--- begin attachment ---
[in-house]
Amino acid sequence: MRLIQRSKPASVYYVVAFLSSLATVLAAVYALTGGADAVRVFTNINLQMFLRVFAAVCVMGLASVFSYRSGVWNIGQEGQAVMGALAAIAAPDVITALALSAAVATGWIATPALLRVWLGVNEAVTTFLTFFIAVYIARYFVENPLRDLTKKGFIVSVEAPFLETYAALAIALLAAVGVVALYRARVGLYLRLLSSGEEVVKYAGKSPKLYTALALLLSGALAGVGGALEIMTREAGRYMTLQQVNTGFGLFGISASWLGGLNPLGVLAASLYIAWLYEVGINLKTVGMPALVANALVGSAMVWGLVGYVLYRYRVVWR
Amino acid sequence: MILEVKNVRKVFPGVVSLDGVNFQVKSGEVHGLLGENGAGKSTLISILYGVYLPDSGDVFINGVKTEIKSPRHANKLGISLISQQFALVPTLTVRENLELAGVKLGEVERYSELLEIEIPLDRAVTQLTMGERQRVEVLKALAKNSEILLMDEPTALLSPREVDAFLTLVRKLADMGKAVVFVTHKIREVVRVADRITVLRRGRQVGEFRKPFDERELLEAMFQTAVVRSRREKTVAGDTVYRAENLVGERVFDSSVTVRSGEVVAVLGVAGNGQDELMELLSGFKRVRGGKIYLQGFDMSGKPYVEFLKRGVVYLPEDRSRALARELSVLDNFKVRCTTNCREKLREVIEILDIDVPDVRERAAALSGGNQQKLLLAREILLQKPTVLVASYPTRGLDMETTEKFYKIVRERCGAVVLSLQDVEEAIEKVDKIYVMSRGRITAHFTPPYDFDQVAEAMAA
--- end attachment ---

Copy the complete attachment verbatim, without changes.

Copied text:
[in-house]
Amino acid sequence: MRLIQRSKPASVYYVVAFLSSLATVLAAVYALTGGADAVRVFTNINLQMFLRVFAAVCVMGLASVFSYRSGVWNIGQEGQAVMGALAAIAAPDVITALALSAAVATGWIATPALLRVWLGVNEAVTTFLTFFIAVYIARYFVENPLRDLTKKGFIVSVEAPFLETYAALAIALLAAVGVVALYRARVGLYLRLLSSGEEVVKYAGKSPKLYTALALLLSGALAGVGGALEIMTREAGRYMTLQQVNTGFGLFGISASWLGGLNPLGVLAASLYIAWLYEVGINLKTVGMPALVANALVGSAMVWGLVGYVLYRYRVVWR
Amino acid sequence: MILEVKNVRKVFPGVVSLDGVNFQVKSGEVHGLLGENGAGKSTLISILYGVYLPDSGDVFINGVKTEIKSPRHANKLGISLISQQFALVPTLTVRENLELAGVKLGEVERYSELLEIEIPLDRAVTQLTMGERQRVEVLKALAKNSEILLMDEPTALLSPREVDAFLTLVRKLADMGKAVVFVTHKIREVVRVADRITVLRRGRQVGEFRKPFDERELLEAMFQTAVVRSRREKTVAGDTVYRAENLVGERVFDSSVTVRSGEVVAVLGVAGNGQDELMELLSGFKRVRGGKIYLQGFDMSGKPYVEFLKRGVVYLPEDRSRALARELSVLDNFKVRCTTNCREKLREVIEILDIDVPDVRERAAALSGGNQQKLLLAREILLQKPTVLVASYPTRGLDMETTEKFYKIVRERCGAVVLSLQDVEEAIEKVDKIYVMSRGRITAHFTPPYDFDQVAEAMAA